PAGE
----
Post & Schell Secures Dismissal of Client in Force-Placed Fire Insurance Dispute
In Conquest v. American Modern Home et al., 2017 U.S. Dist. LEXIS 47463 (E.D. Pa. Mar. 29, 2017), co-defendants WMC Mortgage Corporation, Southwest Business Corporation, Vanderbilt Mortgage and Finance, Inc., and MERS, Inc. (the mortgage defendants) had purchased a force-placed fire insurance policy from American Modern Home, insuring Plaintiff’s home to protect their financial interest in the property. Plaintiff had been warned numerous times by the mortgage defendants that pursuant to their contractual agreements, Plaintiff had to purchase such a policy, and if he did not, the mortgage defendants would purchase the fire insurance for him, naming Vanderbilt Mortgage and Finance, Inc. as the named insured.
An electrical fire eventually destroyed the property and American Modern Home paid the benefits due under the policy to the mortgage defendants, not Plaintiff because Plaintiff was not an insured under the policy. Plaintiff brought suit against the mortgage defendants and American Modern Home alleging bad faith, breach of fiduciary duty, civil conspiracy, breach of contract, and unjust enrichment.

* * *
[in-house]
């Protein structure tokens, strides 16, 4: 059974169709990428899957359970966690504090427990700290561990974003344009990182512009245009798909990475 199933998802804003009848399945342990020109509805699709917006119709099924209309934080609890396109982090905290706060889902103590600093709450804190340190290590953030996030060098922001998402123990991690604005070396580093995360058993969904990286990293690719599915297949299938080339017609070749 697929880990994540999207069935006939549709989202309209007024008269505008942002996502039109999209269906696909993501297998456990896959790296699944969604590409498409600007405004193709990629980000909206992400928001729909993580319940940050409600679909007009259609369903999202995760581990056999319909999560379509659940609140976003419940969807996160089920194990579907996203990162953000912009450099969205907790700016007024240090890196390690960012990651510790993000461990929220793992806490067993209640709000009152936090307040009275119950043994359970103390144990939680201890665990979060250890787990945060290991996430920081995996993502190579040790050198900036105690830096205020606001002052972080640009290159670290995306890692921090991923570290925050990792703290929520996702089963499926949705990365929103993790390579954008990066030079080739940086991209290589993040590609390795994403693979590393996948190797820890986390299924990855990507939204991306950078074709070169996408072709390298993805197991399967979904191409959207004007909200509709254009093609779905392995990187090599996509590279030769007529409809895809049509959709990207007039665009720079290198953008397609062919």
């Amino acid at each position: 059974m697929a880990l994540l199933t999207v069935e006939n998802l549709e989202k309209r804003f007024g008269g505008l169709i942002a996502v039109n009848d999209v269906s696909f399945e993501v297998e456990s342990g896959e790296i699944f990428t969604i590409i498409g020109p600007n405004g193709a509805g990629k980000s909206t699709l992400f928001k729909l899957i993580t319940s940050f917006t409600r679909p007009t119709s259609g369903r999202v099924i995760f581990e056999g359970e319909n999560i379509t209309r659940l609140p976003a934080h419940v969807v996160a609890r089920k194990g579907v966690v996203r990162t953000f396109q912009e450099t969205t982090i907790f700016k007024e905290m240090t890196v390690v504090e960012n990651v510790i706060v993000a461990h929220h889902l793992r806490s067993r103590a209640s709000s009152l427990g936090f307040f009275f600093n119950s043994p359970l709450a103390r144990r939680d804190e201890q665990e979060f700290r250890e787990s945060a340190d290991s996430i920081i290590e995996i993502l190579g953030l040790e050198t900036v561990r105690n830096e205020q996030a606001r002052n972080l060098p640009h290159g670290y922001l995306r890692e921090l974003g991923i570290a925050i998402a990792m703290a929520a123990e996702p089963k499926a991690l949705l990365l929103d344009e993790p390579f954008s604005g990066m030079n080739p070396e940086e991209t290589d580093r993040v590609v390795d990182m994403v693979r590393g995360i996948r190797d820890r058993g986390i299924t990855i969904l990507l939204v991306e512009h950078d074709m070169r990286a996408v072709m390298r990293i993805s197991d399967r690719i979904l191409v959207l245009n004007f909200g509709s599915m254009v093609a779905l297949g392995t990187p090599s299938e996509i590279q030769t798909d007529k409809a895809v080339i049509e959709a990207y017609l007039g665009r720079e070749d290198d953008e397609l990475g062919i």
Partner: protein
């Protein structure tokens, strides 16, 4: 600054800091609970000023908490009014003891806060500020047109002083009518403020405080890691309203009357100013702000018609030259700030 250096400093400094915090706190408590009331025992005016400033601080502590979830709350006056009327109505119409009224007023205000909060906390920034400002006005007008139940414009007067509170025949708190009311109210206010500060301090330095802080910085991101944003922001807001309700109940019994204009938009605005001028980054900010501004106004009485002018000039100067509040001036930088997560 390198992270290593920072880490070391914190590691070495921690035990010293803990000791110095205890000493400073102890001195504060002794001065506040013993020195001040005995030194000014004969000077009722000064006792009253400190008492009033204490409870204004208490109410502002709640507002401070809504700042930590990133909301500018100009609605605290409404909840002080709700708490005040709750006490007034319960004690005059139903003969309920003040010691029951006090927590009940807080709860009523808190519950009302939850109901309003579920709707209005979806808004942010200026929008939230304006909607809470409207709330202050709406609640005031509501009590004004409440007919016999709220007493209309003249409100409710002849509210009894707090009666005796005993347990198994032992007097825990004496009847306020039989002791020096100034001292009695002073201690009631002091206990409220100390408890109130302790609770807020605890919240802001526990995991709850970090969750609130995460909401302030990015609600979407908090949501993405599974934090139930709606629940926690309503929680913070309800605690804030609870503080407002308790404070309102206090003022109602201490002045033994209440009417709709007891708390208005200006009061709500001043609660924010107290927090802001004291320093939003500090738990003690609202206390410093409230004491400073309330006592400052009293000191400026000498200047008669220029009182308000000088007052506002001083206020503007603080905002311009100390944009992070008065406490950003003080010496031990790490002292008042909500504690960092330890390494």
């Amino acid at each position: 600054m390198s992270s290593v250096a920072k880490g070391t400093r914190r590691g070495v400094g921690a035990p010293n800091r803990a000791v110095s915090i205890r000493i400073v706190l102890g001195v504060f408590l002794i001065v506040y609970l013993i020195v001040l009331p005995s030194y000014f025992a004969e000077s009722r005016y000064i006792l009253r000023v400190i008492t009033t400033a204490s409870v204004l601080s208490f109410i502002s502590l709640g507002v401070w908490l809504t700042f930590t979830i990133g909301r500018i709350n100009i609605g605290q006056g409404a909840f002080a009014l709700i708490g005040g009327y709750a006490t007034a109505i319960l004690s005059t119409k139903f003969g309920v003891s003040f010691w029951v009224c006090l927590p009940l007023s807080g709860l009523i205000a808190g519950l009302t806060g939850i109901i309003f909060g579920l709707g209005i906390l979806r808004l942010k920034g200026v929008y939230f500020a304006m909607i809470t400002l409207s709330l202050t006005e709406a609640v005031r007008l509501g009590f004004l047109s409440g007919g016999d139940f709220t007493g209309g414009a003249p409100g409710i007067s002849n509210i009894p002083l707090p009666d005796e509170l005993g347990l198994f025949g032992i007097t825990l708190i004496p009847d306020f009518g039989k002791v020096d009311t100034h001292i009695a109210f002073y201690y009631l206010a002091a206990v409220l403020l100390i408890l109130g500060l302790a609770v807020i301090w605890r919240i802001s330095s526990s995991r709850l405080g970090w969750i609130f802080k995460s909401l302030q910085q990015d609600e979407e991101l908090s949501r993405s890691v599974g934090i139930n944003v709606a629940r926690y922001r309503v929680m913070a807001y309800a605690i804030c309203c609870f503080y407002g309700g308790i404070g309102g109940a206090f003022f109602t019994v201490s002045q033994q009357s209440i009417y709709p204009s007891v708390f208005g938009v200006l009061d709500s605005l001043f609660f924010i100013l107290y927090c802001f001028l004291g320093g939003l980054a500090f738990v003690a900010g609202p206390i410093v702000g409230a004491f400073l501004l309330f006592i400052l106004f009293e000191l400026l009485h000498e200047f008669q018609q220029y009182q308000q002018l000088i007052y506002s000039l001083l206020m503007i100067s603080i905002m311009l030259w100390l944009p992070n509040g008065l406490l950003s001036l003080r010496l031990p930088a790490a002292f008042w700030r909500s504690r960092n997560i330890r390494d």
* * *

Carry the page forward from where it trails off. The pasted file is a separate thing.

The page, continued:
With respect to Plaintiff’s bad faith, breach of fiduciary duty and breach of contract claims, Judge Slomsky of the United States District Court for the Eastern District of Pennsylvania noted that there was no contractual privity between Plaintiff and American Modern Home as the policy was taken out by the mortgage defendants, naming themselves as insureds to protect their financial interests in the property – not Plaintiff’s. With respect to Plaintiff’s civil conspiracy claim, Judge Slomsky noted Plaintiff failed to demonstrate that American Modern Home acted with the intent to injure as American Modern Home simply did what it was contractually obligated to do – to pay the insurance proceeds to the mortgage defendants, not Plaintiff. Finally, with respect to Plaintiff’s claim of unjust enrichment, Judge Slomsky noted that American Modern Home was not unjustly enriched as it simply accepted policy premiums for insurance coverage, which it provided. The full 43 page opinion can be found here.